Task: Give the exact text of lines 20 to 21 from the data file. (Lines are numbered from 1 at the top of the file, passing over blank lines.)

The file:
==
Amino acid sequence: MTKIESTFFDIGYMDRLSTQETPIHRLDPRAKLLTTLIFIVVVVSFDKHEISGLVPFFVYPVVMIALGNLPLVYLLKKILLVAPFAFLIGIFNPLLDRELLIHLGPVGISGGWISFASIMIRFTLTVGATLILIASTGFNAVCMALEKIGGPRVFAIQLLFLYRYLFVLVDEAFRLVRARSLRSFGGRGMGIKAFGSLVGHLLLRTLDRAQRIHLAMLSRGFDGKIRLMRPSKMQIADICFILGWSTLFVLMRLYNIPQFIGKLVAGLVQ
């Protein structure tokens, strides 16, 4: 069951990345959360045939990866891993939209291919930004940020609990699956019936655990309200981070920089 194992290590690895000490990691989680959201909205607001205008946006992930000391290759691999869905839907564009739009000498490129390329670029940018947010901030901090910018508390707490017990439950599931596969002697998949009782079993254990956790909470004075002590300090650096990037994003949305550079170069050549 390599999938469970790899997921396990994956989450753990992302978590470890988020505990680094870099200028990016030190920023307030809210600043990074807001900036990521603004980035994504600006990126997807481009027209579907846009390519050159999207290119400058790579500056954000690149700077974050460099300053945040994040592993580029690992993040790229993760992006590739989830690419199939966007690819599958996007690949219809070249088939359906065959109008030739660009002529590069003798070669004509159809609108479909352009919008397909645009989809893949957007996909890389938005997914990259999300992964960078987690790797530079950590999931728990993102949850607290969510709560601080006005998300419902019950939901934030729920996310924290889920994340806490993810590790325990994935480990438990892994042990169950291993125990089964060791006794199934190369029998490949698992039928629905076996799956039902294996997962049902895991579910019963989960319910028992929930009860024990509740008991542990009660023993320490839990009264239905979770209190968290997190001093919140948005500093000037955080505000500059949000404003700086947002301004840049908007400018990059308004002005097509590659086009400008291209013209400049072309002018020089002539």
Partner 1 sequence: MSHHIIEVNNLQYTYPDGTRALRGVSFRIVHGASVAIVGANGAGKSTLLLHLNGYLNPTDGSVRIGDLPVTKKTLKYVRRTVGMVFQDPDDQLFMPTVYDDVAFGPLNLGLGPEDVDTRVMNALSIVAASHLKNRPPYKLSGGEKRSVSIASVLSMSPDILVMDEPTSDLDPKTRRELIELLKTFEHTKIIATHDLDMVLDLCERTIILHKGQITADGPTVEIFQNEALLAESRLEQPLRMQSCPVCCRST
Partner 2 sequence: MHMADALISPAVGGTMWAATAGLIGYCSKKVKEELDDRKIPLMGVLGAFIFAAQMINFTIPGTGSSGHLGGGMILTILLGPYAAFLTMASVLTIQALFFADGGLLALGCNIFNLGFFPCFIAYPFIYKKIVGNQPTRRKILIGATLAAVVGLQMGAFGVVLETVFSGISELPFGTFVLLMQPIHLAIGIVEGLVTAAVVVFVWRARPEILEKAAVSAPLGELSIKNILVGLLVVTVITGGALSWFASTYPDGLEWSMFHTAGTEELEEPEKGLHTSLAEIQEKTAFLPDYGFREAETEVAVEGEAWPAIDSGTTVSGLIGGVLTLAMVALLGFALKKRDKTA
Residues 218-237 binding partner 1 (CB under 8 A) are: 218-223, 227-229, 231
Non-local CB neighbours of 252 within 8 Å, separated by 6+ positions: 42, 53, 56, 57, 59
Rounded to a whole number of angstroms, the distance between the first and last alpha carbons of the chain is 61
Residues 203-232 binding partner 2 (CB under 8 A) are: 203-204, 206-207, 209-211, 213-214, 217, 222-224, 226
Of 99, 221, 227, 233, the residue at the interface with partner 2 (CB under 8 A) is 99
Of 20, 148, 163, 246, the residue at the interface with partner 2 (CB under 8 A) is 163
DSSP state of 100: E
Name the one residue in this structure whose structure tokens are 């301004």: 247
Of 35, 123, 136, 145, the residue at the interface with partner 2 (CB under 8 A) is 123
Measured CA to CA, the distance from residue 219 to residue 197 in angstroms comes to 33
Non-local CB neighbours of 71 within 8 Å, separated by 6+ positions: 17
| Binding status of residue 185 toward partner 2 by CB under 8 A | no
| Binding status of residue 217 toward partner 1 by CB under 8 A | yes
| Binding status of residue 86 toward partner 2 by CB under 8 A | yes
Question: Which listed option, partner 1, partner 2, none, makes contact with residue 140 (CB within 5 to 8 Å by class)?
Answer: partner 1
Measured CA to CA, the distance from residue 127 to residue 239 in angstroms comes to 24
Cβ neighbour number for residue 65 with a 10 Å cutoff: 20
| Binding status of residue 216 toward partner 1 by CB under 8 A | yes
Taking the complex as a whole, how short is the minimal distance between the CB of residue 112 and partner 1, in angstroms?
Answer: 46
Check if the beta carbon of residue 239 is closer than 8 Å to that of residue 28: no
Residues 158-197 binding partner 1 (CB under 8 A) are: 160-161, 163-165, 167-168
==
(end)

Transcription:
Answer: partner 1
Measured CA to CA, the distance from residue 127 to residue 239 in angstroms comes to 24